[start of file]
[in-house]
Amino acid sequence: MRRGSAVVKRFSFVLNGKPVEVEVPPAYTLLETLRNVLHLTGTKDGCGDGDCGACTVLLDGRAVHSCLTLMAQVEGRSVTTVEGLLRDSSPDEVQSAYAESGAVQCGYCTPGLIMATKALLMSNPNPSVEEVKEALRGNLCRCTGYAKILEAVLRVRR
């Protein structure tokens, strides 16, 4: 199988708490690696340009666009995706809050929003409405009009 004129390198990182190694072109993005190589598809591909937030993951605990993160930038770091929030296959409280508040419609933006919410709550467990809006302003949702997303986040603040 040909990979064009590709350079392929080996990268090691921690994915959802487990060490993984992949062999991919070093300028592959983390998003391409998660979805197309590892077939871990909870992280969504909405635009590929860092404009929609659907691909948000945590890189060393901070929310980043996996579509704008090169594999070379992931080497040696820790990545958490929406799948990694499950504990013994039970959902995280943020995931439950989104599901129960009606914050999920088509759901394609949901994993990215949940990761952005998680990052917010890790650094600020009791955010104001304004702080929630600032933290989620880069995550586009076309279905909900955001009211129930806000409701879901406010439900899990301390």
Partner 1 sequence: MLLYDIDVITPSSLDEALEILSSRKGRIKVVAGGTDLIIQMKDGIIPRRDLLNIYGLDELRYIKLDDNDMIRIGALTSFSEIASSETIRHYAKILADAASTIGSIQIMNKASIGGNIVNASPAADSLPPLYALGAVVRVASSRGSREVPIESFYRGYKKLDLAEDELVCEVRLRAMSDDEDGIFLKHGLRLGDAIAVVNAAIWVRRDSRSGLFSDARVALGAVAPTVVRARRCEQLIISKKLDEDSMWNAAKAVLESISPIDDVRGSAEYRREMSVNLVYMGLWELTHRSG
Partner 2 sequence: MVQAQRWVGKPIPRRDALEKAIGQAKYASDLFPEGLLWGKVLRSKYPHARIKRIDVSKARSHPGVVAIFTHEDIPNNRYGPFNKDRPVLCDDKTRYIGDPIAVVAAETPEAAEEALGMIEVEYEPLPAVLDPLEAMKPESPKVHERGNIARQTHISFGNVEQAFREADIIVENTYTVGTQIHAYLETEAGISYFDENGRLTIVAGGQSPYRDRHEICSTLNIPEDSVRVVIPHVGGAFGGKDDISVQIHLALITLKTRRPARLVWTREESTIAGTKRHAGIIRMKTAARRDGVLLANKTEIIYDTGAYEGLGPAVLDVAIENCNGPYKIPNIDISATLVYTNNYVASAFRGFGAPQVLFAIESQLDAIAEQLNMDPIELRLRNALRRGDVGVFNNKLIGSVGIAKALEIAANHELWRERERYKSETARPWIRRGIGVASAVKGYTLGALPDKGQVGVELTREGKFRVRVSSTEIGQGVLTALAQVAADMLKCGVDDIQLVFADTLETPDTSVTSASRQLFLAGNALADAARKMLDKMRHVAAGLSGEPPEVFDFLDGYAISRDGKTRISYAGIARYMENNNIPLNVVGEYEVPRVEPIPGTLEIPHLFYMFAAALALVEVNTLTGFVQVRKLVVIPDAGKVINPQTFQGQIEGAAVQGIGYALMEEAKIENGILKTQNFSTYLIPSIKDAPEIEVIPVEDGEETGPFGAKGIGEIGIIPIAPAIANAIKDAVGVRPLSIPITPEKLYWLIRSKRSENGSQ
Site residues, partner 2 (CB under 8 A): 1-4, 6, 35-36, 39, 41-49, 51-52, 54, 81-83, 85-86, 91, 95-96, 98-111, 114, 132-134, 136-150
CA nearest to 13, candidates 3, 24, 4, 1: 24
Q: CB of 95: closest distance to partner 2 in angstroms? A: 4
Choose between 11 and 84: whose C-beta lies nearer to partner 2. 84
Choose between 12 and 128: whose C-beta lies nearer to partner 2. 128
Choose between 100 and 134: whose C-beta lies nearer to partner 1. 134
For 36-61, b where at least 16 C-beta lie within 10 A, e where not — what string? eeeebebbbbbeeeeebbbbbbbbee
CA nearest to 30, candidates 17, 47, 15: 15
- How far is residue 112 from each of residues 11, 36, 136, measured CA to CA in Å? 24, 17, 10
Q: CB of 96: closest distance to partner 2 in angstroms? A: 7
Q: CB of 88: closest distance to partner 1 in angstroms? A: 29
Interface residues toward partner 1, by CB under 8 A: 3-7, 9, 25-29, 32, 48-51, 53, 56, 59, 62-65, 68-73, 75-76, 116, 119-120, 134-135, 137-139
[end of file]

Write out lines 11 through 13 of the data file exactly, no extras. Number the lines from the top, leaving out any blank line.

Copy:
Choose between 100 and 134: whose C-beta lies nearer to partner 1. 134
For 36-61, b where at least 16 C-beta lie within 10 A, e where not — what string? eeeebebbbbbeeeeebbbbbbbbee
CA nearest to 30, candidates 17, 47, 15: 15